Infectious Diseases focuses on legal, regulatory, and policy responses to HIV, tuberculosis, and malaria. This area includes the development and implementation of legal preparedness instruments.
In December 2016, the O’Neill Institute received a generous grant from the Elton John AIDS Foundation to explore the impact of laws and policies on sex workers’ access to clinical care and social services and recommend potential criminal law and policy reforms to better support sex workers in Washington DC. This collaboration between the O’Neill Institute, Whitman-Walker Health, and HIPS, with the Institute as the project lead, explores how sex workers in DC access health care; how they interact with law enforcement; and how laws, policies, and practices designed to disrupt commercial sexual activity and/or drug use impede access to HIV prevention and care services.
The O’Neill Institute is working in partnership with NMAC to examine the status of biomedical HIV prevention research and implementation in the United States. The focus of the project is to explore how to bring the promise of biomedical HIV prevention to all communities highly impacted by HIV. Biomedical HIV prevention offers a range of tools that can effectively prevent HIV infection. These tools include treatment as prevention (TasP), pre-exposure prophylaxis (PrEP), and post-exposure prophylaxis (PEP).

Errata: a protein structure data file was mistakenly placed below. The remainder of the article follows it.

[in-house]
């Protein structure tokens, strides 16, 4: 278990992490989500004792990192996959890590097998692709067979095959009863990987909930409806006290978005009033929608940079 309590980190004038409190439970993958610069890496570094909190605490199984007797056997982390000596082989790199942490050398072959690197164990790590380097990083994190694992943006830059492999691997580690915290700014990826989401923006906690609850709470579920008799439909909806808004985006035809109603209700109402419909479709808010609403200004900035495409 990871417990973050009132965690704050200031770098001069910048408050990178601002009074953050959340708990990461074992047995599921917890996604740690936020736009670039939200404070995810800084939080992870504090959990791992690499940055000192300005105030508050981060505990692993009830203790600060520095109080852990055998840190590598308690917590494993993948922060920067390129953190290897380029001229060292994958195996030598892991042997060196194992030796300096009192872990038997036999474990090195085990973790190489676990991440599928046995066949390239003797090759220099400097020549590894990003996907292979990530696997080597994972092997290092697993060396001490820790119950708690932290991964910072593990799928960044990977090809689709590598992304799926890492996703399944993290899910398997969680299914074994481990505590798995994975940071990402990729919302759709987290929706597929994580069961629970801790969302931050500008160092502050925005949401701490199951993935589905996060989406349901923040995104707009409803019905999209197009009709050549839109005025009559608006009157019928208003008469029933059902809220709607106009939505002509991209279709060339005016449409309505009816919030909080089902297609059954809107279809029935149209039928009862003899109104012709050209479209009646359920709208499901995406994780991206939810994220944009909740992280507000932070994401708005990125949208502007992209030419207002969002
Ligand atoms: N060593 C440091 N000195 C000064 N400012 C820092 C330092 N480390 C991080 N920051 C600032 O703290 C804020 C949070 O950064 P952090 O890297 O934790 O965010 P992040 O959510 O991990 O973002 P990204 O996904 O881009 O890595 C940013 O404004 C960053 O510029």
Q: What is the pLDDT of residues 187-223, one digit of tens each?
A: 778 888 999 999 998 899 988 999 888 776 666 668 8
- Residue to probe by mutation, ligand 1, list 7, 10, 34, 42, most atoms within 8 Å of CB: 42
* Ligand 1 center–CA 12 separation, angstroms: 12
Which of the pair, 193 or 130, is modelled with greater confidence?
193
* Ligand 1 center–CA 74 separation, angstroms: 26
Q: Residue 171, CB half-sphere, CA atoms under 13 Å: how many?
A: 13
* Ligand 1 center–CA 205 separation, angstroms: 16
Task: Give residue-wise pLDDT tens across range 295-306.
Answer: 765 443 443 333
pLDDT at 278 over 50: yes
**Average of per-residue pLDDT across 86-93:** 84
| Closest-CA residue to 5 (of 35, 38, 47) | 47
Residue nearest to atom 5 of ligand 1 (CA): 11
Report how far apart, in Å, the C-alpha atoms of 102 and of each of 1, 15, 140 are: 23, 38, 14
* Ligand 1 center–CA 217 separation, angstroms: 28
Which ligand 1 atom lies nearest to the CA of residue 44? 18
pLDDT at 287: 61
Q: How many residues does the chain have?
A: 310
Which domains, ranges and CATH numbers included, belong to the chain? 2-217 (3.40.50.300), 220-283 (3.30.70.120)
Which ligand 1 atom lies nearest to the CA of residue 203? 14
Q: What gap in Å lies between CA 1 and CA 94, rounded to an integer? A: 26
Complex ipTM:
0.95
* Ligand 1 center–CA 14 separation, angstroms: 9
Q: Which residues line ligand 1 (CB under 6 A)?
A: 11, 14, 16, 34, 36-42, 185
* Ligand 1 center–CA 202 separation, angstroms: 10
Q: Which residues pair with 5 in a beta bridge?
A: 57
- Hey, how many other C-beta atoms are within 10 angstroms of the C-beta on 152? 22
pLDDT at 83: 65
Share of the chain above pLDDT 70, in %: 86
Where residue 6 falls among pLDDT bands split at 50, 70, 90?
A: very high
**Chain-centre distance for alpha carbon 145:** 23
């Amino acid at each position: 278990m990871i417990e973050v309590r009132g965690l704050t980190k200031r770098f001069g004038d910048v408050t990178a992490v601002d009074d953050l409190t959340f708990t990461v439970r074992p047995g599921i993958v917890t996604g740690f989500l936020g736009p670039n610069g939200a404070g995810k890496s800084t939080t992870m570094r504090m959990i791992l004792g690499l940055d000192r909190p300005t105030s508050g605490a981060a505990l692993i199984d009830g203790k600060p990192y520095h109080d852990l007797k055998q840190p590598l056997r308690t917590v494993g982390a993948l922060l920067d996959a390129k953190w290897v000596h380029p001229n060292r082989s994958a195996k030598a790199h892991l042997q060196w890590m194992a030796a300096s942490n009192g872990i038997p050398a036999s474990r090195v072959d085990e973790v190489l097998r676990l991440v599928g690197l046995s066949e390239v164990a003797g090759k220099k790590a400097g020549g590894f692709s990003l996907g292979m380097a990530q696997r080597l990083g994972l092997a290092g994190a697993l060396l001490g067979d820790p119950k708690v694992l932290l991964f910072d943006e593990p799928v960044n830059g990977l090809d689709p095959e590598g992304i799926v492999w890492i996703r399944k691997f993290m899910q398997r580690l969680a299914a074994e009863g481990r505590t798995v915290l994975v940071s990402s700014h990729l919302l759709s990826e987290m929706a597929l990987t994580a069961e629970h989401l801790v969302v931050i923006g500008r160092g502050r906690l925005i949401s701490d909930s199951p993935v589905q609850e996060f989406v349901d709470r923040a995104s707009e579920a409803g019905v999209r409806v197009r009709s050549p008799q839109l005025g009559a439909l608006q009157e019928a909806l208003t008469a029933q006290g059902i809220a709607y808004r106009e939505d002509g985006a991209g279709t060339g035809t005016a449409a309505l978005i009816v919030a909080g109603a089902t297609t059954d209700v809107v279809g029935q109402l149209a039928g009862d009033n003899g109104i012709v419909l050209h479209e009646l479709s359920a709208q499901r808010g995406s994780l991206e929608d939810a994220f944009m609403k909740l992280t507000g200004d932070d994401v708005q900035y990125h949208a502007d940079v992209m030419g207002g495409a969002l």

In October 2016, the O’Neill Institute received a generous grant from the amfAR Foundation for AIDS Research to examine critical policy issues that impact access, availability and acceptability of pre-exposure prophylaxis (PrEP) and long-acting agents, which are innovative forms of PrEP and HIV treatment that are under development and do not require daily pill taking. The project will explore how to support uptake of effective HIV prevention and treatment modalities for adolescents and young adults, with a focus on young Black gay, bisexual, and other men who have sex with men.
The Hepatitis Policy Project (HPP) focuses on issues and barriers of access to effective treatments for hepatitis C. According to the U.S. Centers for Disease Control and Prevention, hepatitis C-related deaths are on the rise as are rates of liver disease and liver cancer, which are often caused by hepatitis C. The agency also says the vast majority of adults infected with hepatitis C are baby boomers (those born between 1945 and 1965) and most don't know they have it. Many were infected in the 1970s and 1980s when rates of the disease were highest.